What Will Become of Emma Sulkowicz's Mattress Now That She's Graduated?
Now that Emma Sulkowicz — the girl who raised awareness about rape with a special visual arts project — has graduated, what will become of that controversial mattress?
"If some sort of museum wants to buy it, then I'm open to that," she told the New York Times on the university's Class Day. "But I'm not going to just throw it away."
This wouldn't be the first time a mattress has made its way to a museum, Vulture reports.
In 1955, Robert Rauschenberg introduced "Bed," an exhibit that featured a pillow, sheet, and quilt splattered with oils and hung on the wall like a painting. In 1999, Tracey Emin unveiled "My Bed," which showcased a bed with stained sheets and underwear.
Sulkowicz first made national news in September 2014 when she was seen carrying a mattress around Columbia University's campus in protest of the administration's response to her alleged sexual assault.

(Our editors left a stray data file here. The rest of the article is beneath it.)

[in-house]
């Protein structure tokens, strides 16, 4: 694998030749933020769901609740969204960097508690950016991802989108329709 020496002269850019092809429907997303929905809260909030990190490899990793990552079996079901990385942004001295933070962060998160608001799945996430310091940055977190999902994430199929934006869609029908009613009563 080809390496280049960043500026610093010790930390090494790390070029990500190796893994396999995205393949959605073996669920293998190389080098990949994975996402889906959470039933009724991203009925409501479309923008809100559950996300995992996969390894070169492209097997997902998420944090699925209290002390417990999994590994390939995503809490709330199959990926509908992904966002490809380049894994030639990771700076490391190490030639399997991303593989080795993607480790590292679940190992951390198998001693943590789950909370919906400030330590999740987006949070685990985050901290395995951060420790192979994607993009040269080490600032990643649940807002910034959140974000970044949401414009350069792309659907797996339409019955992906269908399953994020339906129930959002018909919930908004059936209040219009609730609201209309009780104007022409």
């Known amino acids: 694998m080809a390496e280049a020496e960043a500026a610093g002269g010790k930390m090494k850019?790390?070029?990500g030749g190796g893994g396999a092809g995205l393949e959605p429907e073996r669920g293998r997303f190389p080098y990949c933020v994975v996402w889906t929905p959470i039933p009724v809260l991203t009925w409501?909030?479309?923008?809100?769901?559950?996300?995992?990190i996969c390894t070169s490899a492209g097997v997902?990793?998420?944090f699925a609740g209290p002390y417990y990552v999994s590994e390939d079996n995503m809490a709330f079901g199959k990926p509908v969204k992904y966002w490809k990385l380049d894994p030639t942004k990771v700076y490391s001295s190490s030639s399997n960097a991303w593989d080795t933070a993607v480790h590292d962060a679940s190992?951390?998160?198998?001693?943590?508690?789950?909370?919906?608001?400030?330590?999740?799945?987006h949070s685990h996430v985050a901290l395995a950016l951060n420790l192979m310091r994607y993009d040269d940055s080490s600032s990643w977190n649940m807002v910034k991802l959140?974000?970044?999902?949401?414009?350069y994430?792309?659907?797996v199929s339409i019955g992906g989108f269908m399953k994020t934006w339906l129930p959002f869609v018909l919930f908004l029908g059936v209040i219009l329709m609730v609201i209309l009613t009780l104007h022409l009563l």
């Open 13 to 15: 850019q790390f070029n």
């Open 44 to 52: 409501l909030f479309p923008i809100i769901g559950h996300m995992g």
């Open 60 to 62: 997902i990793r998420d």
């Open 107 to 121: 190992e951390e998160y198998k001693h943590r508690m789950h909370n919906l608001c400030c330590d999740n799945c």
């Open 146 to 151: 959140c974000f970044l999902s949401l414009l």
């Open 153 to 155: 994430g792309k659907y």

She carried that same mattress across the stage at graduation in May.
During her sophomore year in August 2012, Sulkowicz was sexually assaulted by a fellow Columbia student. After a difficult battle with multiple filed complaints, the university found her alleged rapist not responsible for the attack, and deemed her accusations false. The Columbia student chose to carry around a mattress, similar to the one she says she was raped on, for her senior thesis in a visual arts project titled, "Carry That Weight."
Sulkowicz's innovative visual arts piece not only raised awareness of sexual assault, but proved that you are not alone in times of hardship, as others helped her carry the mattress during her protest.
At graduation, Los Angeles Mayor Eric Garcetti alluded to Sulkowicz in his commencement speech, reports NBC News.
"You've held contrary opinions, held die-ins and sit-ins, carried mattresses," Garcetti said. "Never stop being academics, and never stop being activists."